Someone in the US who might have an influence on these things -- i.e. Federal Reserve Governor Janet Yellen – muttered that the price of money in the USA might just perhaps be a tad low. This sparked a mild panic in several markets including the JSE and sellers dominated proceedings for a few days. No big deal yet but it does reveal that markets and economies are rather anxious. The past decade at least has seen massive interference and intervention in the pricing of risk by self-confident politicians and administrators. Hazardous concepts such as “too big to fail” and “bad bank” and practices such as “quantitative easing” have had strange consequences. Not least of which are negative interest rates where the lender pays the borrower for the privilege of making a deposit. The message that someone is trying to send us is that saving is useless and will we please all just get back into the shops and do our civic duty and buy stuff.
Central banks have fire-hosed massive amounts of cash into economies, all with the objective of getting consumers to spend. For reasons which are unclear to most of us (but will provide research topics for graduate students in the coming years) the interventions haven’t much worked and the global slowdown has been very painful. Even Richemont, the SA-owned seller of luxury goods, has recently reported that profits are down by almost half. Normally their customers are largely immune to difficult times but the suggestion that a clamp-down on corruption in the Chinese government offices is having an effect, leads one to wonder about developments closer to home. Keep an eye on luxury car sales numbers.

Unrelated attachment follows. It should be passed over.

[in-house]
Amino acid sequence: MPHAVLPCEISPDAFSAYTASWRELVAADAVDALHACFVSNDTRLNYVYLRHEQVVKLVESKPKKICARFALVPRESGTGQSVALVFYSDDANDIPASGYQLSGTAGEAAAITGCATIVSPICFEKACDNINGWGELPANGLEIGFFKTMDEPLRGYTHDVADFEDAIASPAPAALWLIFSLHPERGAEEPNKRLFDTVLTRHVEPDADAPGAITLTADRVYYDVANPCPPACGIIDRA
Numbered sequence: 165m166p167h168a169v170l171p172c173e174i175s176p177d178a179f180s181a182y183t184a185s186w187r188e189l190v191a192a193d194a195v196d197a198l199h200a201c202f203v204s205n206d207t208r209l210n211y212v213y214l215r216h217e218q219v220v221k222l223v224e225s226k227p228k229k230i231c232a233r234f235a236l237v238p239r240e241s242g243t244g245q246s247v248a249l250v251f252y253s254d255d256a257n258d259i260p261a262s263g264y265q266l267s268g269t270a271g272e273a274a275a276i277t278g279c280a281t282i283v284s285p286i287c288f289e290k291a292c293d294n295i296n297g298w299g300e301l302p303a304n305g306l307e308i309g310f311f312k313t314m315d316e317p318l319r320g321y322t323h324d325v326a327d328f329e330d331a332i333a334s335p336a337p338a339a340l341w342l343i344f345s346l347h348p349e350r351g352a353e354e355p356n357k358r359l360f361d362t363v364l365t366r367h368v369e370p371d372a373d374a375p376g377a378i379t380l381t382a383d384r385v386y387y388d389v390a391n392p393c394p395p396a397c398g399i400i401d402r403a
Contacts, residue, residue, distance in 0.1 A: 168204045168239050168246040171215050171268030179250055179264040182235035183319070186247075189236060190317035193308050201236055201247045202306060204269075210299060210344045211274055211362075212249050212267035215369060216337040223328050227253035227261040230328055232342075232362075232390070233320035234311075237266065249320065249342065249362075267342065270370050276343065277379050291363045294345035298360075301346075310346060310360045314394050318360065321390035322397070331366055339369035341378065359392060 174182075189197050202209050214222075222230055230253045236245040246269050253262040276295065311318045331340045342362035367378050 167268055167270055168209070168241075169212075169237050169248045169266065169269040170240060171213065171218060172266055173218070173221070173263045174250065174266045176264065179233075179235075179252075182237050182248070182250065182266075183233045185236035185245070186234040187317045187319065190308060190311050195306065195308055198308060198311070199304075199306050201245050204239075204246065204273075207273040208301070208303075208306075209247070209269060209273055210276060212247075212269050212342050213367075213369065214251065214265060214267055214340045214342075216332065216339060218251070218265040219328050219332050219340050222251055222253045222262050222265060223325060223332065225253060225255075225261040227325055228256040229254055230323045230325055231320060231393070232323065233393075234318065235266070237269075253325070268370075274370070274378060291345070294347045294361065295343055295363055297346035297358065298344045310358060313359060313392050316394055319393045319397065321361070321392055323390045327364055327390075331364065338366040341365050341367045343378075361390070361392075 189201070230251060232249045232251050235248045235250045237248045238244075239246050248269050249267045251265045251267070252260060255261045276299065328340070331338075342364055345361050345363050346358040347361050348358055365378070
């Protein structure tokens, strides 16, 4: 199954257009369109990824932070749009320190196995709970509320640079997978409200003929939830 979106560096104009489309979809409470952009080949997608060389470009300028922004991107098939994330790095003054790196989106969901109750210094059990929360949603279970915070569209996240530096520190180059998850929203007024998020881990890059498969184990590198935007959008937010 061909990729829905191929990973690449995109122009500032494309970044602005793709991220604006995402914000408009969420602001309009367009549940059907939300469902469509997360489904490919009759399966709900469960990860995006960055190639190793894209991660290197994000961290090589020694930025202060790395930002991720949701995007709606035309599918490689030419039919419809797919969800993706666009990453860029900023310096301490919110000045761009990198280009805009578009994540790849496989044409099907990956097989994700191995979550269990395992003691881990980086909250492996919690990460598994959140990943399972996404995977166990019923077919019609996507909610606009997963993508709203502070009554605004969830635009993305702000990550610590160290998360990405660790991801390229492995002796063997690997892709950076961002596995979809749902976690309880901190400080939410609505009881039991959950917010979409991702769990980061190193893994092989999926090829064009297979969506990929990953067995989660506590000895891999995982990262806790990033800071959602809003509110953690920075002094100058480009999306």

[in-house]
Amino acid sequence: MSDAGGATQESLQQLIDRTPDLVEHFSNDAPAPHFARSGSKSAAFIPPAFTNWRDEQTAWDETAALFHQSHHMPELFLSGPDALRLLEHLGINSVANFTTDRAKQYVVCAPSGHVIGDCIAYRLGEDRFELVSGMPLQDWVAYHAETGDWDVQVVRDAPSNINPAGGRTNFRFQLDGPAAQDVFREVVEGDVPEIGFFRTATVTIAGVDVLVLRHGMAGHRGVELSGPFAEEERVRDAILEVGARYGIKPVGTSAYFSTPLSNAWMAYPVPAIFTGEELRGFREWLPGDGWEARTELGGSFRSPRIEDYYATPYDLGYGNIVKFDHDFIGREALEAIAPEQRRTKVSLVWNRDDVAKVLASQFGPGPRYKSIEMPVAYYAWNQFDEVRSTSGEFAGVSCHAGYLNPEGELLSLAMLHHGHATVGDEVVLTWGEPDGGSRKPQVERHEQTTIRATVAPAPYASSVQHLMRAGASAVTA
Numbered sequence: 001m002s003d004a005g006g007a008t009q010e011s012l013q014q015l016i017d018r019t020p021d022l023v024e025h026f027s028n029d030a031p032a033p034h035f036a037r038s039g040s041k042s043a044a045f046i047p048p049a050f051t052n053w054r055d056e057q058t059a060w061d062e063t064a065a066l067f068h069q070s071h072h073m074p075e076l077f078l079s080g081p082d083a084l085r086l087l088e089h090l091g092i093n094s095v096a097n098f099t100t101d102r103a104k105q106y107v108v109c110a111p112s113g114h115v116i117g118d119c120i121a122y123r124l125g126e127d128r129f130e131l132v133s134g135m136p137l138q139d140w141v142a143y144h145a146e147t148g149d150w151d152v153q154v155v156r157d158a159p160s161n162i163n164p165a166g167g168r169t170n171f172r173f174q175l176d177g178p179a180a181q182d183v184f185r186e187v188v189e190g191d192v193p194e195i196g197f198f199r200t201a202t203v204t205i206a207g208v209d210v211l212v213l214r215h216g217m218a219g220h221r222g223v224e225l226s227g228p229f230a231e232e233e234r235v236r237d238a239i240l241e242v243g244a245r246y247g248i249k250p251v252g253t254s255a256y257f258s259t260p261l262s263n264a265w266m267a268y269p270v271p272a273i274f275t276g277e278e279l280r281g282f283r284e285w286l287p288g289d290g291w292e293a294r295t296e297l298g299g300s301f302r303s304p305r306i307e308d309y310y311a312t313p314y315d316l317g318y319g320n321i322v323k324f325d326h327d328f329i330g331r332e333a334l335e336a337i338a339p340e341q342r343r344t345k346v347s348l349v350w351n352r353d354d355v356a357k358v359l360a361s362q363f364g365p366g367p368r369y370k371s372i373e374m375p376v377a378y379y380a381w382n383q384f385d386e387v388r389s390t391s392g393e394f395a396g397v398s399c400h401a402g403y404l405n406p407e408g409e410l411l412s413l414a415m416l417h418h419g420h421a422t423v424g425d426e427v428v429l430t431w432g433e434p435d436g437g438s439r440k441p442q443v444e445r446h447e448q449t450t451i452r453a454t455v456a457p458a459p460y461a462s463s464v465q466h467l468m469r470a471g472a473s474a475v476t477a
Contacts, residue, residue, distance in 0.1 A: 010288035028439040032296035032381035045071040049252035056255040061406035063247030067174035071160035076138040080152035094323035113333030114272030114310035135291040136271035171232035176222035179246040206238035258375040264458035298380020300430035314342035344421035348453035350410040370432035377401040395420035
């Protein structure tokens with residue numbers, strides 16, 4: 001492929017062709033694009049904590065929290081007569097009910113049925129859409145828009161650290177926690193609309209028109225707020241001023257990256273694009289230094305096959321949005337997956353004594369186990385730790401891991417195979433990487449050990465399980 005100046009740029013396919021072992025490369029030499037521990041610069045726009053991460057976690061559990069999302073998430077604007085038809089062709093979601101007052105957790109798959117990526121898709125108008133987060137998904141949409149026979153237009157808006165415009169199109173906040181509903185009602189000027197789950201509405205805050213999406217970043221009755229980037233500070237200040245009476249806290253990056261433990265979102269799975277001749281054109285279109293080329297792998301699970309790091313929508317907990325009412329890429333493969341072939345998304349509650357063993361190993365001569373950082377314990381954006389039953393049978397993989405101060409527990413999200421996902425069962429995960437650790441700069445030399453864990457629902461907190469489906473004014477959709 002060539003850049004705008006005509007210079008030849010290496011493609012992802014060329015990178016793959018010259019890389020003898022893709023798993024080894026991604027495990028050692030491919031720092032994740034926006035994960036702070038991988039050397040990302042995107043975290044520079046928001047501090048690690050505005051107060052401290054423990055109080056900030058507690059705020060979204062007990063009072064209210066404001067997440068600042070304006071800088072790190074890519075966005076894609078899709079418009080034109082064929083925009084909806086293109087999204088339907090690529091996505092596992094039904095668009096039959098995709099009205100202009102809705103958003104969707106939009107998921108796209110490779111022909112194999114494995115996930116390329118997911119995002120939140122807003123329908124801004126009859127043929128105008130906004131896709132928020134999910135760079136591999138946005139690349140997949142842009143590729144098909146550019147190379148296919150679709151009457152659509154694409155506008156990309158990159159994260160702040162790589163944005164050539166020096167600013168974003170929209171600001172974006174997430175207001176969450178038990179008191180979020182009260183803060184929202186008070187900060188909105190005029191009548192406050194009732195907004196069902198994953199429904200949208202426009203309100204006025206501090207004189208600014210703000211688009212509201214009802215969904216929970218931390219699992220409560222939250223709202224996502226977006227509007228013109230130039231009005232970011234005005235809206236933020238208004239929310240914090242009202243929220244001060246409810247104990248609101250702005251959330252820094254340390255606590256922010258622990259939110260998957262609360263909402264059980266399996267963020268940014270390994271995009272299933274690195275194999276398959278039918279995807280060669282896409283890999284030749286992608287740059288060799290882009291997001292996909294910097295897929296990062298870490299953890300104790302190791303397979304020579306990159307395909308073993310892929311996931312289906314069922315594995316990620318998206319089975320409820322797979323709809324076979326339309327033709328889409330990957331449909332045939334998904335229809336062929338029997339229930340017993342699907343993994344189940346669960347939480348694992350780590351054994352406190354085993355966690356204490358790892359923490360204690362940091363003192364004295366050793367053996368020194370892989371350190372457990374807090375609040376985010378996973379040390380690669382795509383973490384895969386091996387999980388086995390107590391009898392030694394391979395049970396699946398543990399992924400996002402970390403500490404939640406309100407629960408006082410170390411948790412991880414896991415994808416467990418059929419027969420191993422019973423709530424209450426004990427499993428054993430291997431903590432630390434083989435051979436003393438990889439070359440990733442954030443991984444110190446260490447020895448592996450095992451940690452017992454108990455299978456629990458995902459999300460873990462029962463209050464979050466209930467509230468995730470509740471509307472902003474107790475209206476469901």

Despite the electoral successes of the political party with the same name, South Africa has slipped 12 places in the Economic Freedom rankings. The point here, however, is that the compiler of the ranking table and the red-overalled politicians almost certainly have different views about what economic freedom means. As they say: It’s complicated.
Whenever one watches a news report where government panjandrums are out and about, most of the party will have a cell phone pressed to their ear. Even when gravely inspecting the site of a tragedy they are often simultaneously talking to someone (presumably) far away. Who, for goodness sake? So it’s not really much of a surprise to read that the state spends R3.2bn annually to provide its 1.3 million employees with telecommunications services. This amount includes the costs of data connections for computers and those fixed-line phones that ring incessantly and unanswered in empty offices. But it still seems like a lot of money for a business that usually demands that most of its customers present themselves in person.
There was quite a bit of excitement this week when it was revealed that Number One had paid the government the R7million odd that it had been decided should be his somewhat risible contribution towards the costs of the substantial improvements to his private home in Zululand. The tale of the journey to this point and amount is very long and reeks of bad faith and corruption and now the refund itself is extremely odd. Reportedly the president – despite having friends and relatives for whom this sum is merely “walking about money” -- has borrowed the cash from a small and unknown Mutual Bank (one of only 3 in the country) in the form of a mortgage bond. Just what terms our president was able to negotiate are rightfully confidential. Nevertheless, it’s fun to run the numbers which suggest that JZ may be paying a very large fraction of his current pre-tax salary every month, right until he is 94! Curious. And it’s odd that the ANC haven’t complained that the Banks’s logo is an elephant, because the party has form in worrying about stuff like that.
For many reasons the Paralympics events can be hard to watch but it seems as if most participants are having a great deal of fun even while achieving astonishing personal and global milestones. The South African medal count is currently 13 versus 18 by New Zealand. ‘bok supporters would be almost grateful if we manage this score line tomorrow morning in Christchurch.
Friday 16th September 2016 (Harvest Moon lunar eclipse day)